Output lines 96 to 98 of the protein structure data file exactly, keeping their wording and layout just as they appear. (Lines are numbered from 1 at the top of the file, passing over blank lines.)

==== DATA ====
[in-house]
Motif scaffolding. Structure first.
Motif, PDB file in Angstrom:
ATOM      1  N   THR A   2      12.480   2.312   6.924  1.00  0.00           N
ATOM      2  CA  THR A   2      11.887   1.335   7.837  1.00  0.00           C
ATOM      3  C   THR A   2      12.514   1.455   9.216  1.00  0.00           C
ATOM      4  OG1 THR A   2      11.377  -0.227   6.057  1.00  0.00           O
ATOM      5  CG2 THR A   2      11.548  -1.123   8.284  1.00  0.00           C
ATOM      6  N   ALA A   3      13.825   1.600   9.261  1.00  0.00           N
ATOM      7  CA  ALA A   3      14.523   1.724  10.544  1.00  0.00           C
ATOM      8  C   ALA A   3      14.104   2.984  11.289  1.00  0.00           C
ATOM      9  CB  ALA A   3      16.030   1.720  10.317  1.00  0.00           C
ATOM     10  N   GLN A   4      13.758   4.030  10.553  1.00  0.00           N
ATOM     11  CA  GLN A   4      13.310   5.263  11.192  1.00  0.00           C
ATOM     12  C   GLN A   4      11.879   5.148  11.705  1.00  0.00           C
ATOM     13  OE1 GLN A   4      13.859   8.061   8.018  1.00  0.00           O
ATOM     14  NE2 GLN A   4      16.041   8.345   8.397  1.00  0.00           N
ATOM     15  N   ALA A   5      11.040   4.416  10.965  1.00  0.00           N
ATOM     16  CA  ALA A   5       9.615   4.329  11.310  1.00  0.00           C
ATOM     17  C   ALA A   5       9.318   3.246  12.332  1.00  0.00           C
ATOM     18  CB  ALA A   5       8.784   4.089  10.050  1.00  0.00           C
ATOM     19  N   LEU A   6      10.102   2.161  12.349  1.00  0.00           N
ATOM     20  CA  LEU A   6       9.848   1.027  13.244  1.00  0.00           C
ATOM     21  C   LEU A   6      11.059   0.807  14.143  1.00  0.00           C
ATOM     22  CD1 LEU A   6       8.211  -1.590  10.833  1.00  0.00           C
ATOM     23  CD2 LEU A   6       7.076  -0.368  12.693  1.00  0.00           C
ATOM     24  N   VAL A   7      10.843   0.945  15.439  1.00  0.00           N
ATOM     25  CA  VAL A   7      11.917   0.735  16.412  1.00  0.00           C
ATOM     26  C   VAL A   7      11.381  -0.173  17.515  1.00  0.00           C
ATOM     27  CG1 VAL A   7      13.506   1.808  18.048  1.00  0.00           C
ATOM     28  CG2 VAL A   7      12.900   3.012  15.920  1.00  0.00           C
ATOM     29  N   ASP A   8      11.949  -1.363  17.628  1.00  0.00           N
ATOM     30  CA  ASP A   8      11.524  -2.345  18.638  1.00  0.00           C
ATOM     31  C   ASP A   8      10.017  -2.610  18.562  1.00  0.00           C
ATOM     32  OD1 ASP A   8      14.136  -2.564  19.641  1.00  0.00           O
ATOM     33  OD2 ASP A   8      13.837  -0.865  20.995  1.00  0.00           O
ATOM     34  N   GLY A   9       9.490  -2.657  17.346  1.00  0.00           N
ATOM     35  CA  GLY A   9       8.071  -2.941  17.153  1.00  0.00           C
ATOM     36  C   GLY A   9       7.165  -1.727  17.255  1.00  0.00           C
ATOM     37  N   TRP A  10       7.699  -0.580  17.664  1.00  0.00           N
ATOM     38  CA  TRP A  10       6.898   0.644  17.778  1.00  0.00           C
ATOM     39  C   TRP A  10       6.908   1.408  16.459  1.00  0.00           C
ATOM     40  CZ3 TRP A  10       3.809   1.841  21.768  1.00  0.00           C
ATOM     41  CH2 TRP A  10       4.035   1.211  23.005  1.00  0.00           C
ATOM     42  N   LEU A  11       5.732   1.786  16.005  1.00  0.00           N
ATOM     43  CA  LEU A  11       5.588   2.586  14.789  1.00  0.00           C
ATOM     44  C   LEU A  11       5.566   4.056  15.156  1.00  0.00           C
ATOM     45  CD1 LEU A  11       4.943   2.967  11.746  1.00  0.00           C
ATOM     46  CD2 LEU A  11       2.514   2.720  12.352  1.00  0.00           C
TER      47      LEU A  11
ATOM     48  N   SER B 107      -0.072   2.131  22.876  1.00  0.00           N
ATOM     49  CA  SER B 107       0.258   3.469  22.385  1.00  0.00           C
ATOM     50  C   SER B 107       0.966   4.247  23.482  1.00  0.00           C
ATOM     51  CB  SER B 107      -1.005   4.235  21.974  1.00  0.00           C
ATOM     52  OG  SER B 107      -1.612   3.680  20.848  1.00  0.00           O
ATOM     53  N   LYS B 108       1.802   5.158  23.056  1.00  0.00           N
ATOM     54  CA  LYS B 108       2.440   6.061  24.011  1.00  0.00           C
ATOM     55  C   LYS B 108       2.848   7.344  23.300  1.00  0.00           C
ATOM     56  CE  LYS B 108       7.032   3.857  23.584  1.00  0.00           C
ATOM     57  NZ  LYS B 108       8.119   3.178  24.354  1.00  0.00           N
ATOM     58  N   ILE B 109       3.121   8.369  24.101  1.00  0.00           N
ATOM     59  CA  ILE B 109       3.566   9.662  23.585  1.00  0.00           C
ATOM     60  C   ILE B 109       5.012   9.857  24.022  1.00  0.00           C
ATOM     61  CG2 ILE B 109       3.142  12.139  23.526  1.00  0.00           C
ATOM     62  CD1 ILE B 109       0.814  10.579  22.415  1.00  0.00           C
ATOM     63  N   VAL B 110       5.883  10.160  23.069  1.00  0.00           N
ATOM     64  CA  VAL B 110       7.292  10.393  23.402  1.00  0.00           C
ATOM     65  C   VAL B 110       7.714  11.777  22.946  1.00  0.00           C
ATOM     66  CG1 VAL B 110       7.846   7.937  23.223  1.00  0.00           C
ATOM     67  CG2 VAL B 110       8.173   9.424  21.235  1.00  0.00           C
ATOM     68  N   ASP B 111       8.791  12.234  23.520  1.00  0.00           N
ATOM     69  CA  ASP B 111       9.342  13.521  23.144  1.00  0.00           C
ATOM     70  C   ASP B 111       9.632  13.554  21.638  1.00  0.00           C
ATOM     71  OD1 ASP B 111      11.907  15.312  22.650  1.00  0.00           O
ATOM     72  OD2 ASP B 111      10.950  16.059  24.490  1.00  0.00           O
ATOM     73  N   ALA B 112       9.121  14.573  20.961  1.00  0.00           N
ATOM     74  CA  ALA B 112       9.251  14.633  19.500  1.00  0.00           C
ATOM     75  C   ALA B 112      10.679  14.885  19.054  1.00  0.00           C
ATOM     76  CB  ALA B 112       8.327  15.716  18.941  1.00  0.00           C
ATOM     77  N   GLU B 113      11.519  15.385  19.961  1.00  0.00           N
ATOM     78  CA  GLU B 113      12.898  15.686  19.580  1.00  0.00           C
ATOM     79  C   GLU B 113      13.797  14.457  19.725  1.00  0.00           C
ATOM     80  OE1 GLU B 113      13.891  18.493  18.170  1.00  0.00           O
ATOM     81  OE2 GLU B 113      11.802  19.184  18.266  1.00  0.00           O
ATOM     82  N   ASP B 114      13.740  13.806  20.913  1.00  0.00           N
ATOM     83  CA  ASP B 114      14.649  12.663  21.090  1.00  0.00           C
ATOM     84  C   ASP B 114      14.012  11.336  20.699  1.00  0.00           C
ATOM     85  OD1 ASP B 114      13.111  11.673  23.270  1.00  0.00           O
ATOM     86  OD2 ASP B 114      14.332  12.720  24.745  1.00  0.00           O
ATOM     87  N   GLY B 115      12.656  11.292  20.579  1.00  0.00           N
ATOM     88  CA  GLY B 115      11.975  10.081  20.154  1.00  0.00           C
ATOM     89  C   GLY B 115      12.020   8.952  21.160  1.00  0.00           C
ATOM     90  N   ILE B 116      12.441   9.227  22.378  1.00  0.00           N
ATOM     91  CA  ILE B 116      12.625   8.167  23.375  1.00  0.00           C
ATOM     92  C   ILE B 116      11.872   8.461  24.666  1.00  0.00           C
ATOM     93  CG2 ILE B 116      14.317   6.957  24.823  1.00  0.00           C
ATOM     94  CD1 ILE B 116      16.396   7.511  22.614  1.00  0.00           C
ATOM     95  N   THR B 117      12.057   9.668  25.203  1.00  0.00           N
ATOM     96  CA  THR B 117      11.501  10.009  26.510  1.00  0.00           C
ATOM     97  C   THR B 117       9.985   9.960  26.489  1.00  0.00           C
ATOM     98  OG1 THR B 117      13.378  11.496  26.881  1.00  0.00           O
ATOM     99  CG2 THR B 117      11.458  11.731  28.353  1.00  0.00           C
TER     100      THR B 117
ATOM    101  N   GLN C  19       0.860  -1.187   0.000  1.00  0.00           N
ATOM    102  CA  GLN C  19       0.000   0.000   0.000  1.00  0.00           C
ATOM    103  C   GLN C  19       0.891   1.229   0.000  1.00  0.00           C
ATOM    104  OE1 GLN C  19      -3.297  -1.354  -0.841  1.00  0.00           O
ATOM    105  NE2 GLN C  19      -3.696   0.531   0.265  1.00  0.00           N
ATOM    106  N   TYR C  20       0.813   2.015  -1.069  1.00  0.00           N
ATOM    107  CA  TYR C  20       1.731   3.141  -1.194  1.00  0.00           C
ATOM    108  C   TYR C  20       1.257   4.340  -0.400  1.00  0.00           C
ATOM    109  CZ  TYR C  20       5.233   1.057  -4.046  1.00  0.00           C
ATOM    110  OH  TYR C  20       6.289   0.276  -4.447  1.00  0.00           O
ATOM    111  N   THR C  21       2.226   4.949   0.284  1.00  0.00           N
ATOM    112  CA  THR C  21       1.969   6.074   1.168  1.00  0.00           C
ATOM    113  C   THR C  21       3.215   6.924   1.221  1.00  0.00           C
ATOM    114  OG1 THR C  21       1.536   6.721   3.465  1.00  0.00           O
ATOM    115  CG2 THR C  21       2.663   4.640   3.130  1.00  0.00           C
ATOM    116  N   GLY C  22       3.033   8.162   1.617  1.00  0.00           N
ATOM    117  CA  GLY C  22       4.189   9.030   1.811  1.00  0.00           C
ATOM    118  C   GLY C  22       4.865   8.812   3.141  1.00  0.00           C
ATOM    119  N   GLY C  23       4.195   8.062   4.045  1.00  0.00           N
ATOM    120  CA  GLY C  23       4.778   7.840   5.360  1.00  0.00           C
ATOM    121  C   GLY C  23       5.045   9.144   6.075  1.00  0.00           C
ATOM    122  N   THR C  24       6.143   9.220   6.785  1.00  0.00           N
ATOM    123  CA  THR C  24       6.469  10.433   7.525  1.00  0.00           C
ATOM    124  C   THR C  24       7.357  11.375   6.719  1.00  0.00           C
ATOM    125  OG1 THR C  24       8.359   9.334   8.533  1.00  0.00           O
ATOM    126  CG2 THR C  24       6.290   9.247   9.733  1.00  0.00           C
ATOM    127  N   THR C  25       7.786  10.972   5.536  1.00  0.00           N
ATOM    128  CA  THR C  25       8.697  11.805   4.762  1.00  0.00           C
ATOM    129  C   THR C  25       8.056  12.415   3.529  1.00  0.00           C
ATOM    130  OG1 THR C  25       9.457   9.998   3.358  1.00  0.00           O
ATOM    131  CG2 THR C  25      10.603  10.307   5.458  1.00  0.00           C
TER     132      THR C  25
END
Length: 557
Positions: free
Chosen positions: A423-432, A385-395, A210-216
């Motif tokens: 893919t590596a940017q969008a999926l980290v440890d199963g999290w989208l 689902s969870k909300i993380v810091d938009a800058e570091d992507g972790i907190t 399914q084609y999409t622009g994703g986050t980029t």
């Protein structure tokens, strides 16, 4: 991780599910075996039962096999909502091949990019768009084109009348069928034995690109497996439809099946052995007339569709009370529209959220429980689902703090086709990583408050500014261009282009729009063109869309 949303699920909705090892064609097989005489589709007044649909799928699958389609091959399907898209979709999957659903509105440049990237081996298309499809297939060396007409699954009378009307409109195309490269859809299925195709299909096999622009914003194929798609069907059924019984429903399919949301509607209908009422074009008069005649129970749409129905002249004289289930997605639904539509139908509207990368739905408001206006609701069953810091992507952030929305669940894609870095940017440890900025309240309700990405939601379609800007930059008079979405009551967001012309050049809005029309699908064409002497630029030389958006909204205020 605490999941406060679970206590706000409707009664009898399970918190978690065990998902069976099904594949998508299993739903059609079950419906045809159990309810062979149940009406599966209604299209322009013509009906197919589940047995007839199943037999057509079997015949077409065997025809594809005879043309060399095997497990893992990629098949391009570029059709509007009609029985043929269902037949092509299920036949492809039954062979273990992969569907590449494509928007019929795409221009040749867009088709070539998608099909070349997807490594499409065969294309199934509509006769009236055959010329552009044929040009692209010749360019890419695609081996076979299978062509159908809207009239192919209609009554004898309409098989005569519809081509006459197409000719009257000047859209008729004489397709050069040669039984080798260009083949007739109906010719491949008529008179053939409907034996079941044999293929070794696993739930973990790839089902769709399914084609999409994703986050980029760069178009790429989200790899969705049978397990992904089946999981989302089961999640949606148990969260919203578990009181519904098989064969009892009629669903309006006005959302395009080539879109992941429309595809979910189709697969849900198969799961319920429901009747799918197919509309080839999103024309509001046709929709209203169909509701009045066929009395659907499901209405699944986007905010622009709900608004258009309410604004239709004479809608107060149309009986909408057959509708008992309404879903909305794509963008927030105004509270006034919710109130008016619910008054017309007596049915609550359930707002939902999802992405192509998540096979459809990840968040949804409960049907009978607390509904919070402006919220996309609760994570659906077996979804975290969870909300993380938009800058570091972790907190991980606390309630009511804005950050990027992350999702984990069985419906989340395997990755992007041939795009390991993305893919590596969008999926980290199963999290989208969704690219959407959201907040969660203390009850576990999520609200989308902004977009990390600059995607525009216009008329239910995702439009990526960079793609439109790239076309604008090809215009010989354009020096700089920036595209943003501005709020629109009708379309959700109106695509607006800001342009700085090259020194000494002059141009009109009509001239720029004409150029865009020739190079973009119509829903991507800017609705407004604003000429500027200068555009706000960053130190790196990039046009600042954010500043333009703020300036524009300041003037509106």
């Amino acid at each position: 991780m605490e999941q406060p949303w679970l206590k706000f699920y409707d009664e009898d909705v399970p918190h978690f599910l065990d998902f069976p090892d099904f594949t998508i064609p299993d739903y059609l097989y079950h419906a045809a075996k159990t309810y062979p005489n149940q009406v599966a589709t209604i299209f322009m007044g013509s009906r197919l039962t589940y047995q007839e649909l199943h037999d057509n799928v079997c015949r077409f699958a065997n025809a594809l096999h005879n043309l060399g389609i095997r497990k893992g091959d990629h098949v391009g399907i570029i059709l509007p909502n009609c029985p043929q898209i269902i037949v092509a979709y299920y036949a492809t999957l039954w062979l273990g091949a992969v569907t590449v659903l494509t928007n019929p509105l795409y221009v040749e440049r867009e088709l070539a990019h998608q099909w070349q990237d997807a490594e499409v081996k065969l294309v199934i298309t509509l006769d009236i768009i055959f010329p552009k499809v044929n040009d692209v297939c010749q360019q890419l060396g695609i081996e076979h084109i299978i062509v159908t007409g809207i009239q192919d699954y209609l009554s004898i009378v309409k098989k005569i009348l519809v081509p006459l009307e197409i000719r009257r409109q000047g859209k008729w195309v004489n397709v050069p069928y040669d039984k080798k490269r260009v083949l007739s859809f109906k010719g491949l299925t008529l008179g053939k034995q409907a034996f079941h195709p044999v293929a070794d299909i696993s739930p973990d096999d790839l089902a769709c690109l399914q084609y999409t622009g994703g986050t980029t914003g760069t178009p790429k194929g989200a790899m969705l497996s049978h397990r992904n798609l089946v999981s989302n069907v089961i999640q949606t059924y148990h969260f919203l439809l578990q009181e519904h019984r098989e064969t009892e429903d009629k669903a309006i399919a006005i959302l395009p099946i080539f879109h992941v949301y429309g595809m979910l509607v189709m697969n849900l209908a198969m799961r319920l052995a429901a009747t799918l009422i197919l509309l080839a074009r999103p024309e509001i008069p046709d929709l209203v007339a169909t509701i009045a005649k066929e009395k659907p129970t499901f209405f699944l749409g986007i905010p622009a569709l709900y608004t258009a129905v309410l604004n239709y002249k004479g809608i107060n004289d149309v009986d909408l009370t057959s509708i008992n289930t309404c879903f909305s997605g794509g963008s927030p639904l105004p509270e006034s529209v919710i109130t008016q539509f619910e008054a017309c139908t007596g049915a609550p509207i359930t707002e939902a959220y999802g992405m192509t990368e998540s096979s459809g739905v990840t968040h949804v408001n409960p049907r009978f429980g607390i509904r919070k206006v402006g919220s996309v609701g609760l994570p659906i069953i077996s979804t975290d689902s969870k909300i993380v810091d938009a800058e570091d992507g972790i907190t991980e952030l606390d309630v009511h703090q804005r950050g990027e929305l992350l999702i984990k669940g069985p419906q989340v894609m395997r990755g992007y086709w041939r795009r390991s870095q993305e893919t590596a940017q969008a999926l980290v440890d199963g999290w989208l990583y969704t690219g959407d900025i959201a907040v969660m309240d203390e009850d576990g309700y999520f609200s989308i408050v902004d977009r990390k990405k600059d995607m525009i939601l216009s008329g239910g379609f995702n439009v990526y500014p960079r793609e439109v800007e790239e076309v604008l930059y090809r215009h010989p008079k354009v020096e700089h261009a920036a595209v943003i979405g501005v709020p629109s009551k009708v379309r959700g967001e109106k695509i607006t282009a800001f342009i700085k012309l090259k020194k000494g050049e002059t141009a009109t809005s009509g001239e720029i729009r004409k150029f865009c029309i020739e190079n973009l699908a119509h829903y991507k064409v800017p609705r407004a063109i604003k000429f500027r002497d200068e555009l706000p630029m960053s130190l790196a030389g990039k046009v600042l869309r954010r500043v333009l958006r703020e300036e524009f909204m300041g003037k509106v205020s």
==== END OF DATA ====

ATOM     93  CG2 ILE B 116      14.317   6.957  24.823  1.00  0.00           C
ATOM     94  CD1 ILE B 116      16.396   7.511  22.614  1.00  0.00           C
ATOM     95  N   THR B 117      12.057   9.668  25.203  1.00  0.00           N